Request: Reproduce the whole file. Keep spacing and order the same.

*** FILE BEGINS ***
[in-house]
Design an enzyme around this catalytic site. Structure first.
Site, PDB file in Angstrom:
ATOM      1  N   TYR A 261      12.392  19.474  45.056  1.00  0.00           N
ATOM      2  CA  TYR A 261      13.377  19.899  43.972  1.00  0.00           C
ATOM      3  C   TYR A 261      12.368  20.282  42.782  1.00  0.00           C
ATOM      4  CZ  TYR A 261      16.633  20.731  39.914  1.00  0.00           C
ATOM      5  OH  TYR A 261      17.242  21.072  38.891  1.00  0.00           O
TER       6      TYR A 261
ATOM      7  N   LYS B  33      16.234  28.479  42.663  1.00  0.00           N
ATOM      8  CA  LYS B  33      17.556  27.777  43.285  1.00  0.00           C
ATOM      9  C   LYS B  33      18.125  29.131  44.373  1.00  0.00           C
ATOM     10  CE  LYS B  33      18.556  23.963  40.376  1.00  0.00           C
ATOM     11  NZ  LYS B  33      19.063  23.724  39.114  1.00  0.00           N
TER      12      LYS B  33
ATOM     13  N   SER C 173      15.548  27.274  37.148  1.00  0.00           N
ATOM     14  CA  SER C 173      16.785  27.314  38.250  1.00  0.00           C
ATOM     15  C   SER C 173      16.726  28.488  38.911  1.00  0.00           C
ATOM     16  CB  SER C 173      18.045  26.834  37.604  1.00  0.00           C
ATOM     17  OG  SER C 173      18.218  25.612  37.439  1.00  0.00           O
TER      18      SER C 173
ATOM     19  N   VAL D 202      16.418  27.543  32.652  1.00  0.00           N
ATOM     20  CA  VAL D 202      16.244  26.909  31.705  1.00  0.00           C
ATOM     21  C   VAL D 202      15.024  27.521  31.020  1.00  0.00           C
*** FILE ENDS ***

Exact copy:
[in-house]
Design an enzyme around this catalytic site. Structure first.
Site, PDB file in Angstrom:
ATOM      1  N   TYR A 261      12.392  19.474  45.056  1.00  0.00           N
ATOM      2  CA  TYR A 261      13.377  19.899  43.972  1.00  0.00           C
ATOM      3  C   TYR A 261      12.368  20.282  42.782  1.00  0.00           C
ATOM      4  CZ  TYR A 261      16.633  20.731  39.914  1.00  0.00           C
ATOM      5  OH  TYR A 261      17.242  21.072  38.891  1.00  0.00           O
TER       6      TYR A 261
ATOM      7  N   LYS B  33      16.234  28.479  42.663  1.00  0.00           N
ATOM      8  CA  LYS B  33      17.556  27.777  43.285  1.00  0.00           C
ATOM      9  C   LYS B  33      18.125  29.131  44.373  1.00  0.00           C
ATOM     10  CE  LYS B  33      18.556  23.963  40.376  1.00  0.00           C
ATOM     11  NZ  LYS B  33      19.063  23.724  39.114  1.00  0.00           N
TER      12      LYS B  33
ATOM     13  N   SER C 173      15.548  27.274  37.148  1.00  0.00           N
ATOM     14  CA  SER C 173      16.785  27.314  38.250  1.00  0.00           C
ATOM     15  C   SER C 173      16.726  28.488  38.911  1.00  0.00           C
ATOM     16  CB  SER C 173      18.045  26.834  37.604  1.00  0.00           C
ATOM     17  OG  SER C 173      18.218  25.612  37.439  1.00  0.00           O
TER      18      SER C 173
ATOM     19  N   VAL D 202      16.418  27.543  32.652  1.00  0.00           N
ATOM     20  CA  VAL D 202      16.244  26.909  31.705  1.00  0.00           C
ATOM     21  C   VAL D 202      15.024  27.521  31.020  1.00  0.00           C